Repair Your Remote Control With Electric Paint
Learn how to fix electrical contacts with Electric Paint
If your remote control isn't working (and you've checked the batteries :) ) then you might have a broken button that you can fix with Electric Paint. In this tutorial, we'll take you through troubleshooting and fixing the problem to get your remote up and working again.
Most remote controls (TV, garage doors, etc.) have conductive rubber on the back of the buttons, making contact with the circuit board inside the device. Over time, these rubber buttons can wear away and stop working. With a bit of our conductive paint, you can fix the buttons and repair your device. Please note, even though we have tried many remotes, some devices are designed differently, so we can't guarantee that your remote can be fixed with Electric Paint. Make sure to remove any batteries before attempting to repair your remote.
We love it when you share your projects! Post your project on Instagram, YouTube, or Twitter, and make sure to tag @bareconductive or use #bareconductive. You can also send your videos and photos to firstname.lastname@example.org so we can post them on our site for the world to see.
You will need:
- 1 x Electric Paint 10ml
- 1 x Remote control
Step 1 Open the Remote
Before opening your remote, write down which buttons are broken and ensure to take out any batteries. Your remote might have some small screws around the battery compartment that are holding the remote together. Carefully remove the screws with a screwdriver. Take apart your remote with a thin but sturdy tool, like a screwdriver or spatula. Be careful not to use too much force, as it's easy to break the thin plastic pieces.
Most TV remotes consist of a plastic shell, a circuit board, and a rubber keypad with the buttons. Sometimes the buttons can be taken out individually. If this is the case with your device, note down where each button belongs. Ideally, take pictures of your process so you know which part goes where when it comes to reassembly.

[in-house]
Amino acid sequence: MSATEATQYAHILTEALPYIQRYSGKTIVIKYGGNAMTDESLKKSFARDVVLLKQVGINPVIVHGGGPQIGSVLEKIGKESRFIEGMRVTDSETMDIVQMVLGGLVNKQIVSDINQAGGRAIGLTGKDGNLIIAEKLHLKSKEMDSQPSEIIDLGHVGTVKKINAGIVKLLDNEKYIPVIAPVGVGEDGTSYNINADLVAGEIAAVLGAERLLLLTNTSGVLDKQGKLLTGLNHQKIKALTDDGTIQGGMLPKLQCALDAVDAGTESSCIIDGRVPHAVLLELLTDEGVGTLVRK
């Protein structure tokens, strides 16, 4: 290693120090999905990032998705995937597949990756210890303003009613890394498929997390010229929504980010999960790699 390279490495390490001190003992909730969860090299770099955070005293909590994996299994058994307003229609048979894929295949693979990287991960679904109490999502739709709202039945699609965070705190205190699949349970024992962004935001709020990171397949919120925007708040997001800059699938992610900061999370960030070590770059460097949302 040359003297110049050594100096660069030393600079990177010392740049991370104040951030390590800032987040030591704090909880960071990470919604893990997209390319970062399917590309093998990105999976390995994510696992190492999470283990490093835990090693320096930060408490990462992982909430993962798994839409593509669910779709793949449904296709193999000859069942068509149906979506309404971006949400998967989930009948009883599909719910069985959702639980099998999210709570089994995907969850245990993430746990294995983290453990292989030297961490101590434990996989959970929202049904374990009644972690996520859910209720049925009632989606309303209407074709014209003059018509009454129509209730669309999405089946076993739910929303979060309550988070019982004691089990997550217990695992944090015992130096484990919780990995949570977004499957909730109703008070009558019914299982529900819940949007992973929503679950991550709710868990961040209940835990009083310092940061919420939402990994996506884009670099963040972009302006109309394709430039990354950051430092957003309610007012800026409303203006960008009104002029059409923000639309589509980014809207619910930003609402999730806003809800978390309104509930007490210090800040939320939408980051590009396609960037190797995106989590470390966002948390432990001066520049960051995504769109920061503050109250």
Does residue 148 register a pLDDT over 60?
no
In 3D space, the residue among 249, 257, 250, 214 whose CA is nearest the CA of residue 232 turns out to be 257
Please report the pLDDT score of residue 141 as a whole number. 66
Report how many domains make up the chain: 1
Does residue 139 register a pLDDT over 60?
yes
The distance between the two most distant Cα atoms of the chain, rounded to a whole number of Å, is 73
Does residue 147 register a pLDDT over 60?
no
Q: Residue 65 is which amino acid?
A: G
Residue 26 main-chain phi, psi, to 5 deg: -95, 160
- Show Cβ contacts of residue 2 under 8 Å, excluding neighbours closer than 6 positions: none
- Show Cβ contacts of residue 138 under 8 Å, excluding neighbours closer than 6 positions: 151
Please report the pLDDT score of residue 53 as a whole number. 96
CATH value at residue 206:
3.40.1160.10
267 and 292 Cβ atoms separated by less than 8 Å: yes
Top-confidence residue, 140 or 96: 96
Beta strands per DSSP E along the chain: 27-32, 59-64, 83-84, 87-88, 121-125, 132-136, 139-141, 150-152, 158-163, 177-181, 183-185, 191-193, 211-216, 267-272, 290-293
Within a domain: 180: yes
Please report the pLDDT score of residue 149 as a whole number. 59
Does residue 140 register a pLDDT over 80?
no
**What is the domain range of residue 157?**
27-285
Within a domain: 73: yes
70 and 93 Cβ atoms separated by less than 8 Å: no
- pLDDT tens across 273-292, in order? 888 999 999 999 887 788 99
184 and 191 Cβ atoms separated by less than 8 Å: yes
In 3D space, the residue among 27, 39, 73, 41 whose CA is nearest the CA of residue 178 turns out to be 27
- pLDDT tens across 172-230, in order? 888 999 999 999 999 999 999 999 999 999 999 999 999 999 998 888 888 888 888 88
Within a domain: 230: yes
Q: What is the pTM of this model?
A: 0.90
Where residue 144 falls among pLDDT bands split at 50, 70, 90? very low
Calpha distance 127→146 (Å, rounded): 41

Step 2 Clean the circuit Board
In many cases, remote controls fail because of dirt build-up between the circuit board and the buttons. You can use an old toothbrush and a bit of rubbing alcohol to carefully clean the PCB and the remote keypad to remove any dirt or grease. You can also use a cotton swab to clean any tricky areas. Ensure that the inside of your remote is clean and dry so that the Electric Paint will adhere in the next step.
Step 3 Apply Electric Paint
Identify where the broken buttons are, and after you've given it a good clean, we recommend lightly sanding the button area. Sanding will help the paint to stick to the button. Squeeze a tiny amount of Electric Paint onto the back of the button. It's important to aim for a smooth, even layer.
Once you have applied the Electric Paint on all the broken buttons, leave the paint to dry. Electric Paint is dry when it is no longer tacky to the touch.
Step 4 Apply the right amount of Electric Paint
It's essential to apply the right amount of Electric Paint. In the video on the right, you can see three examples. The first one is the right amount: a nice, thin layer of Electric Paint. The second one shows too much paint, which is likely to flake off. The third is too little paint, which probably wouldn't work as it is too thinly applied.
Step 5 Test the Remote
When the paint has dried, you can reassemble the remote. Fit the circuit board, keypad, and shell together and insert either the old batteries or fresh batteries. Try to press and hold one of the broken buttons. Your remote should be fully working again!
Let us know how you get on or if you have any questions email them over to email@example.com.
If you are having issues, disassemble the remote and look closely again. Are there cracks or breaks in your repair? Are there broken sections that you did not see the first time around? Have you left enough time for the paint to dry, or did the paint get smudged inside the remote? If this is the case, clean up the paint from the buttons with water or a wet wipe and start again.